While much of the community slowed down over the past year or so, the same can’t be said for the work being done by City of Campbell River maintenance crews and contractors.
As has been the case for the last couple of years, much of the city’s infrastructure spending – and possibly the most visible of it – has been the ongoing Waterfront Project on Highway 19A between Rockland Road and 1st Avenue.
City Manager Deborah Sargent says the bulk of that work has now been completed, with just a few finishing touches remaining.
“By far the biggest infrastructure we were involved in in 2020 was the Waterfront Project again,” Sargent says. “It’s a three-year project that we’ll be finalizing now in 2021. Last year was the installation of the roundabout and the paving – at least to a state that it can be driven on. We’re still in the process of installing the three new sewer lift stations, and what we’re really looking forward to in 2021 is the above-ground improvements: landscaping and park spaces, removing the overhead power lines – BC Hydro is currently finalizing their timeline for that work – and of course finishing the road paving.”
While its been a long and sometimes arduous process, Sargent says, the finish line is in sight.
“We really appreciate the patience that the drivers in our community have shown through the alternating traffic arrangements on that stretch of Highway 19A to allow for that construction,” Sargent says. “We anticipate most of the construction in 2021 will be off of the roadway, but there may be some need to have alternating traffic arrangements as well … but it will be very intermittent compared to 2020.”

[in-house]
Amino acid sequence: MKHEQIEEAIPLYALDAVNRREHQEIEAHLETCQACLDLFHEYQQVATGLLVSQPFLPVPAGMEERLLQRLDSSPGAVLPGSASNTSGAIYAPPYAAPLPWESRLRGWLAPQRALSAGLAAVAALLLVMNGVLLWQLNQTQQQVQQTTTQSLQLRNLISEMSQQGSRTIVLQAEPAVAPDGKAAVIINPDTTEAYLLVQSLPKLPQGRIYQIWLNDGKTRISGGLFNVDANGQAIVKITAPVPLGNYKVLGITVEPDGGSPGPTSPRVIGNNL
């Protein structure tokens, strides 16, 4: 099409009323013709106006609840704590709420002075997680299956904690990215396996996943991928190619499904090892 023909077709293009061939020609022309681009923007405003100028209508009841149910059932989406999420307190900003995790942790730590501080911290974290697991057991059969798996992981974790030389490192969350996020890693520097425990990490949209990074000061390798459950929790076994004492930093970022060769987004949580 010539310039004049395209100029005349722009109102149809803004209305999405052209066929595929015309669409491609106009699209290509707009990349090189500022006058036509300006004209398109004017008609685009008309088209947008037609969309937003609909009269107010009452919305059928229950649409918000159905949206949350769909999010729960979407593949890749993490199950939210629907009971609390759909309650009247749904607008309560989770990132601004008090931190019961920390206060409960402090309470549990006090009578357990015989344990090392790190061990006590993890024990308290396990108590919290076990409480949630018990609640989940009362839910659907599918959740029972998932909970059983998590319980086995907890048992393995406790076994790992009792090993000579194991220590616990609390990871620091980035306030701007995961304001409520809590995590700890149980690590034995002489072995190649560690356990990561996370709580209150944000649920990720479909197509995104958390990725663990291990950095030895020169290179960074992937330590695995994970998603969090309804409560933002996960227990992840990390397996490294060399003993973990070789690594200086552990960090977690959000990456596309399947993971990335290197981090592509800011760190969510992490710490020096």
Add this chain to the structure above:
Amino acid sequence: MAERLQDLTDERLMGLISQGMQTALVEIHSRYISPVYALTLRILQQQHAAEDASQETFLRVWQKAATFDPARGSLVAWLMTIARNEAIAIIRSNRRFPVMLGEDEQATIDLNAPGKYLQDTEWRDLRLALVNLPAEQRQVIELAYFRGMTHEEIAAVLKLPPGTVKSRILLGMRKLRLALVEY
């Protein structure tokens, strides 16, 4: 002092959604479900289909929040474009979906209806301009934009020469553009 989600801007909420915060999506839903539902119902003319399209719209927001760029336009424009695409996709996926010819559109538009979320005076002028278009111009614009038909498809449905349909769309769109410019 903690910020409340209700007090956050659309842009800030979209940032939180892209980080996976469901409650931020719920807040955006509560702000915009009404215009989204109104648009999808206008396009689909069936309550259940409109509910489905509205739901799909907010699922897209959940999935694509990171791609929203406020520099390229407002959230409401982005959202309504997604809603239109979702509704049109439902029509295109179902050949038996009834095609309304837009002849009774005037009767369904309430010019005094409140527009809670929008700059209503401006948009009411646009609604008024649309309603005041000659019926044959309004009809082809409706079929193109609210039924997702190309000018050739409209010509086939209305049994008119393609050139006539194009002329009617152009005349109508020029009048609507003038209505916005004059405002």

And while that project got a lot of attention, there were certainly other infrastructure projects happening last year, as well.
Phase one of the waterline replacement on Hilchey Road took place last year between Galerno and Penfield, and that work will continue into 2021, as well.
“This year we’ll be doing the lower part, from Galerno down to Highway 19A,” Sargent says.
There were also many “partnership projects” completed last year.
“The construction was also completed on the Robron Fieldhouse in 2020,” Sargent says. “We haven’t been able to use it yet, obviously, because of all the restrictions on gatherings, but we’re really looking forward to opening that up, and, of course, there was also the opening of phase two of the bike park.”
Those types of projects come together thanks to the partnerships between local organizations – the Campbell River Youth Soccer Association and Rotary in the case of the fieldhouse, for example – and the city, and often take many years to come to fruition.
“These community projects were four, five years in the making, but they came to fruition in our COVID year,” Sargent says, for which she gives much of the credit to the dedication of those organizations, city staff and the local contractors who got the work done.
Of course, there were also many additional bus shelters installed, a new transit pullout at Carihi, and many more projects taking place “behind the scenes,” Sargent says, such as the planning work for coming improvements at the Seagull Walkway behind Georgia Quay and the planning for the new library coming to downtown.
And things don’t look to be slowing down going forward, either, as the city currently has another $21-million in its 2021 budget for capital projects, so stay tuned for more news as the city continues to develop and improve its infrastructure for its residents and businesses.